The human mind remains a mystery despite the best efforts of philosophers to understand it. Each person knows that he/she has a mind, regards it as something internal, and is aware of its operations. Yet nobody knows what it is. The reason why the mind is so puzzling turns on three of its features: its invisibility while operating, the unique access which its proprietor has to it, and the inability to give a clear meaning to the polar notions of 'internal-external' (...) when applied to it. This last feature makes it obvious that no computer or A.I. based analogies, or any forms of functionahsm, provide adequate models for understanding its nature. (shrink)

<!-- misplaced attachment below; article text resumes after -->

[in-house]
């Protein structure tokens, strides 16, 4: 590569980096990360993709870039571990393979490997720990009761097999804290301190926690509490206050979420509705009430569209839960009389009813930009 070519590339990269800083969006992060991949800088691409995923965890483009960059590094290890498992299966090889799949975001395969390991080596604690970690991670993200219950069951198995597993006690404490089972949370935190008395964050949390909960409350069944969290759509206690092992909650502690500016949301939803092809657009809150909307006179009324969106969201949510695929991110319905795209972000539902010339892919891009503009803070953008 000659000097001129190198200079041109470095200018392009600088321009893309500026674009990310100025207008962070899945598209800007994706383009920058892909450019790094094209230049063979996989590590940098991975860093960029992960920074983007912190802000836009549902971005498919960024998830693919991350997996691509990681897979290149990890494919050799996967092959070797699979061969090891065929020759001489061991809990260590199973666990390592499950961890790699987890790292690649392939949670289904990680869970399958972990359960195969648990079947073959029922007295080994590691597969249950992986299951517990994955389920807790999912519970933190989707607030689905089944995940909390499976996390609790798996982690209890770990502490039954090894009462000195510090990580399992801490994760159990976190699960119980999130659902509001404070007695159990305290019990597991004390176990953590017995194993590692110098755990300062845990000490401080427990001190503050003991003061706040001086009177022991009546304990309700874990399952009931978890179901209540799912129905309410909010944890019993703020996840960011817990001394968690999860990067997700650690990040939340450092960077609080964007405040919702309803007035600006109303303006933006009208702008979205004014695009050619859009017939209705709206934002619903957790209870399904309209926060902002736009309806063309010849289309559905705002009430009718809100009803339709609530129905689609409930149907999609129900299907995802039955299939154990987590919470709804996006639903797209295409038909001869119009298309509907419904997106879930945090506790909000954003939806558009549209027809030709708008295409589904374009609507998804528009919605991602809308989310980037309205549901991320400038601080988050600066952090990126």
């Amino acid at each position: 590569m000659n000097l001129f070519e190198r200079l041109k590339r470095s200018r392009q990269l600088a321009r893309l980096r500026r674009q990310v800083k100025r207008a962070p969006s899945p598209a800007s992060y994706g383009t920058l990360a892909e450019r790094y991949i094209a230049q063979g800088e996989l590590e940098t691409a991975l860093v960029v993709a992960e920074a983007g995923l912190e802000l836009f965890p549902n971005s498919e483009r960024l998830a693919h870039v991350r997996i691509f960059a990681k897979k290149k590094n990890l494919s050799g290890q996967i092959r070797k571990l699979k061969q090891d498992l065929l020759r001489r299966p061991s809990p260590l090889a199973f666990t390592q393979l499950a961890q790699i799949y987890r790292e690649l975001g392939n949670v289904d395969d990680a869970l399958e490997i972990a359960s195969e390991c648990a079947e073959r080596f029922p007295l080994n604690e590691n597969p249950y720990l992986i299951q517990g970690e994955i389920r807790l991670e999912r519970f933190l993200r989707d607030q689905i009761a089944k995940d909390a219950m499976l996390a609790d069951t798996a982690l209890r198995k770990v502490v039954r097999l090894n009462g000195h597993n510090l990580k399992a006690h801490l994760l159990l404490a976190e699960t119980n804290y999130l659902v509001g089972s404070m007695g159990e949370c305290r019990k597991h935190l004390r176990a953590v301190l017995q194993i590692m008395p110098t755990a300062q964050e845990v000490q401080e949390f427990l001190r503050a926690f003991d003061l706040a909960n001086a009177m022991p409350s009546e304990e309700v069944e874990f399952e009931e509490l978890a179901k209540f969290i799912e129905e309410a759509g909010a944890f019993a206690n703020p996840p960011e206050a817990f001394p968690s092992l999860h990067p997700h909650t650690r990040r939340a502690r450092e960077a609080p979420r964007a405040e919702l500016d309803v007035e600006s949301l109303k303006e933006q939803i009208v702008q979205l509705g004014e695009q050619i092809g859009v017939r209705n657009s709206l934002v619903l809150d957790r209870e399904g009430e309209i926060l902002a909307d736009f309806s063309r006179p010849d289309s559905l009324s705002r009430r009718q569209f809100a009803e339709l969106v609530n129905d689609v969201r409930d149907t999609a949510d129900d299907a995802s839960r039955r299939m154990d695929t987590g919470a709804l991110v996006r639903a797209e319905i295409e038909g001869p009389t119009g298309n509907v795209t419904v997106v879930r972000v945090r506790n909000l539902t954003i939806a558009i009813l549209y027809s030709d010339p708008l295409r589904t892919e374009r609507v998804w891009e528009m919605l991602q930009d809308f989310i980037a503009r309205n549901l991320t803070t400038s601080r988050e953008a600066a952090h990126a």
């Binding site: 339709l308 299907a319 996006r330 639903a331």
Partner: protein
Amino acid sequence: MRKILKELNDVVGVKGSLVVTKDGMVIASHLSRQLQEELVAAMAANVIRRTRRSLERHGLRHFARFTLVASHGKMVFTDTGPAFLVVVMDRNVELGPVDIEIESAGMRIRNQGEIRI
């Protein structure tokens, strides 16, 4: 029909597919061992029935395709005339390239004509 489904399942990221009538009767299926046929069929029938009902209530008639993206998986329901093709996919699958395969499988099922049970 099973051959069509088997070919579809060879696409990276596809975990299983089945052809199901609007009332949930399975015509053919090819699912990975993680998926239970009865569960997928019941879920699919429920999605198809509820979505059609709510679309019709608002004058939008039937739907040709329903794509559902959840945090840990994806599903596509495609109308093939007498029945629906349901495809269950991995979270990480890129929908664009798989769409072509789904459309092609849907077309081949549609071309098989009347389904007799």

Can there be a first-order, philosophical or psychological theory that explains all the facts of surface perception? By ‘first-order’ I mean a theory about the constituents of what J.J. Gibson called ‘the ecological environment’; and by ‘surface perception,’ I mean the perception of the surfaces of any of those ecological constituents that have surfaces. The question about surfaces is important for two reasons. First, as we shall see, they are complex features and, as such, provide a difficult test case for (...) any theory of perception. And, of course, if no theory can handle the case of surface perception it will follow by existential generalization that no first order theory of perception is possible. Second, surfaces play a key, virtually unique, role in human perception. Some account of that role is thus necessary; but if no first order theory is possible, that account will have to be something other than a theory. Since I shall be arguing that no first order theory is possible, I shall propose an alternative way of approaching the topic of surface perception. That surfaces play such an important role in the human perception of the ambient environment has been recognized by many writers. (shrink)